IOM Report Details Strategy for Monitoring Safety of Childhood Immunization Schedule

Jan. 22, 2013
A review of the available evidence underscores the safety of the federal childhood immunization schedule, says a new report from the Institute of Medicine. However, the report offers a framework for conducting safety research using existing or new data collection systems. should signals indicate the need for investigation of the schedule.

A review of the available evidence underscores the safety of the federal childhood immunization schedule, says a new report from the Institute of Medicine. However, the report offers a framework for conducting safety research using existing or new data collection systems. should signals indicate the need for investigation of the schedule.

Roughly 90 percent of American children receive most childhood vaccines advised by the federal immunization schedule by the time they enter kindergarten. However, some parents choose to spread out their children's immunizations over a different time frame than recommended by the schedule.

Studies have repeatedly shown the health benefits associated with the recommended schedule, including fewer illnesses, deaths, and hospital stays, the report notes. Every new vaccine is tested for safety and evaluated in the context of the entire schedule before it is added. And the systems designed to detect possible harmful effects of immunization have worked well at discovering occasional problems with individual vaccines, such as a rare intestinal disorder linked to a now-discontinued rotavirus vaccine. However, the elements of the schedule—the number, frequency, timing, order, and age at which vaccines are given—are not well-defined in existing research and should be improved.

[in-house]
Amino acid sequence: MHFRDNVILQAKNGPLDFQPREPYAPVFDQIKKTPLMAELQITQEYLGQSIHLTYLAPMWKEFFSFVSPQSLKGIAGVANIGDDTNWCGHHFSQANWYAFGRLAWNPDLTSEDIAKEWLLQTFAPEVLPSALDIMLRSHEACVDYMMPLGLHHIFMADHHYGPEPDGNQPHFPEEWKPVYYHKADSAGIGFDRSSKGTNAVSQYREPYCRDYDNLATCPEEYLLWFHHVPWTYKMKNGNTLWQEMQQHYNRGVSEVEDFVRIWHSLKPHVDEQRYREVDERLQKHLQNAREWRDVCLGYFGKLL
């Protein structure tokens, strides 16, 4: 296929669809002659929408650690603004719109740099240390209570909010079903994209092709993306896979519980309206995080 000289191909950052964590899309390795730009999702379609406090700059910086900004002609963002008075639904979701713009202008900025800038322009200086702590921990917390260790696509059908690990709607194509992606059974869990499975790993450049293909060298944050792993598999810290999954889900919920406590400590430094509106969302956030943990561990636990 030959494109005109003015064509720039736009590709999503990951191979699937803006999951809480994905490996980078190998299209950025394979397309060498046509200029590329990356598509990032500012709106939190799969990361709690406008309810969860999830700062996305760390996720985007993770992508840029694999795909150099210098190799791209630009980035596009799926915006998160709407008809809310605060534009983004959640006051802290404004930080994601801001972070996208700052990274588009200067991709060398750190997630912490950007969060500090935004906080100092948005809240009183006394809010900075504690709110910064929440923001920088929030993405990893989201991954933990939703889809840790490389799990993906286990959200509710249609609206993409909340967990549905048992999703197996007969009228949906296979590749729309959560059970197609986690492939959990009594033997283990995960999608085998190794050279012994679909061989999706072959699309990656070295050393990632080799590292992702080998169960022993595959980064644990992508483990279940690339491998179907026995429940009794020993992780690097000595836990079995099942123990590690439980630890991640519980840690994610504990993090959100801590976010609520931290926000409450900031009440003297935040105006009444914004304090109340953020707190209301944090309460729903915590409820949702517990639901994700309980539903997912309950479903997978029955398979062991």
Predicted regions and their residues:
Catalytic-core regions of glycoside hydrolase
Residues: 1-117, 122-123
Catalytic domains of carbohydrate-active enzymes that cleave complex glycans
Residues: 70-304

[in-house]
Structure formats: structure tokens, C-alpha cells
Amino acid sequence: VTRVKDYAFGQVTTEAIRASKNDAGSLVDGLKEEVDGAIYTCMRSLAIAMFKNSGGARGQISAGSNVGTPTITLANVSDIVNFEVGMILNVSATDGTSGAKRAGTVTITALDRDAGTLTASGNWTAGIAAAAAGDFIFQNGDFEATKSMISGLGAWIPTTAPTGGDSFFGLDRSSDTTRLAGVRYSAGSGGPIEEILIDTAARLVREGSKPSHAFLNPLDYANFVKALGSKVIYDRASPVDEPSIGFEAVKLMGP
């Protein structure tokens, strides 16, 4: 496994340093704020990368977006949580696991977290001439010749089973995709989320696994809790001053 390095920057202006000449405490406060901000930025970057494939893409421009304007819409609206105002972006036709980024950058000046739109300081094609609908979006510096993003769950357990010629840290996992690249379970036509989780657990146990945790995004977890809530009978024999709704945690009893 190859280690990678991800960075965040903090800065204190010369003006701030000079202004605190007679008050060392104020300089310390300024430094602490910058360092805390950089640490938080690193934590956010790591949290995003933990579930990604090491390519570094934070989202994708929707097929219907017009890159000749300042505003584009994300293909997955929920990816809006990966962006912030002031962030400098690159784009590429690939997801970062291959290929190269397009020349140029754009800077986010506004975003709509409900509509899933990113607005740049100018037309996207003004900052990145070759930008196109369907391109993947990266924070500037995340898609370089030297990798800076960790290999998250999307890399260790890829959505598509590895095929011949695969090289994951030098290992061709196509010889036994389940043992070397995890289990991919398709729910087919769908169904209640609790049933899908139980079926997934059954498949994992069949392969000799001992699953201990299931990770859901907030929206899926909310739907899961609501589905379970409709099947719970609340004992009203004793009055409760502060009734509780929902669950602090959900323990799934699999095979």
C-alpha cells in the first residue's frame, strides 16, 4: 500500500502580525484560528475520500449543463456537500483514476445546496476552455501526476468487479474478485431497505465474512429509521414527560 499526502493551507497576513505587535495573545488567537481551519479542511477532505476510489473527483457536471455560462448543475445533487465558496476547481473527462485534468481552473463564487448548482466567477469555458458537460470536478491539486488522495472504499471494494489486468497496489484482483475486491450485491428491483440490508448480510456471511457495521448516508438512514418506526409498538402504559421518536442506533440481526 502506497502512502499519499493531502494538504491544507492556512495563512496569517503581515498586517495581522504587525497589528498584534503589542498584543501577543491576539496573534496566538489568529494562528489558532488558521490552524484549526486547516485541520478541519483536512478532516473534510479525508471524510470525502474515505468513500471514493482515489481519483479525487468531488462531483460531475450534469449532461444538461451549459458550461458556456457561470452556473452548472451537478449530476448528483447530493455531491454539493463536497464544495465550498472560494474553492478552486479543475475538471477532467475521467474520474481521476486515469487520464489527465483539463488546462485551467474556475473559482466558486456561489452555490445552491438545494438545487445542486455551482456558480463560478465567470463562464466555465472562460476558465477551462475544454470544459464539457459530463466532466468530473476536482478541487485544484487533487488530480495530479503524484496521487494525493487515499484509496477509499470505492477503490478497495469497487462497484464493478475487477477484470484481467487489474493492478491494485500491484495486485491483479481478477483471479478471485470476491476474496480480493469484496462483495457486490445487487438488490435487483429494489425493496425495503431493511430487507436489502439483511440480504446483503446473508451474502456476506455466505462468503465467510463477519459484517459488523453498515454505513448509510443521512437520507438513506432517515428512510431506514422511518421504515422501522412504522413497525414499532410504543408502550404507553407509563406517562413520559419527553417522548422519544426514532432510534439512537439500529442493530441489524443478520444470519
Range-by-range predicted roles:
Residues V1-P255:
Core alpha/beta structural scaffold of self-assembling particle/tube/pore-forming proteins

Until newer and bigger data collection systems can be harnessed, the Vaccine Safety Datalink (VSD) is the best available tool for exploring questions about the immunization schedule should the need arise, according to the report. This database contains information on the immunization histories of more than 9 million people covered by nine participating managed care organizations. Researchers can identify individuals who were vaccinated according to alternative schedules as well as any diagnoses, medical procedures, and outcomes they have experienced. VSD also contains data on race, age, gender, and other factors that help researchers do better comparisons and account for factors that might affect participants' health. Already a research team has tapped VSD to explore patterns among children in the Kaiser Permanente Colorado system who are defined as under-vaccinated.

However, VSD tracks people from only eight states and looks at a smaller percentage of low-income and minority people than is in the U.S. population as a whole. Moreover, VSD's usefulness depends on the continuing involvement of participating health plans. The U.S. Department of Health and Human Services (HHS) and its partners should maintain their commitment to funding VSD and consider bringing in additional health plan members to enhance the data and make it more representative of the full U.S. population, the report says.

Newer data collection and surveillance systems offer great potential to monitor rare adverse events that may be associated with the childhood immunization schedule, the report said. When fully implemented, the Sentinel Initiative program being developed by the U.S. Food and Drug Administration (FDA) to monitor the safety of approved drugs and other medical products will complement existing passive vaccine surveillance systems, the report says. FDA's new Post-License Rapid Immunization Safety Monitoring Program is amassing a large amount of health data, offering the potential to analyze vaccine exposures and adverse events with a greater degree of statistical power.

The report was sponsored by HHS.

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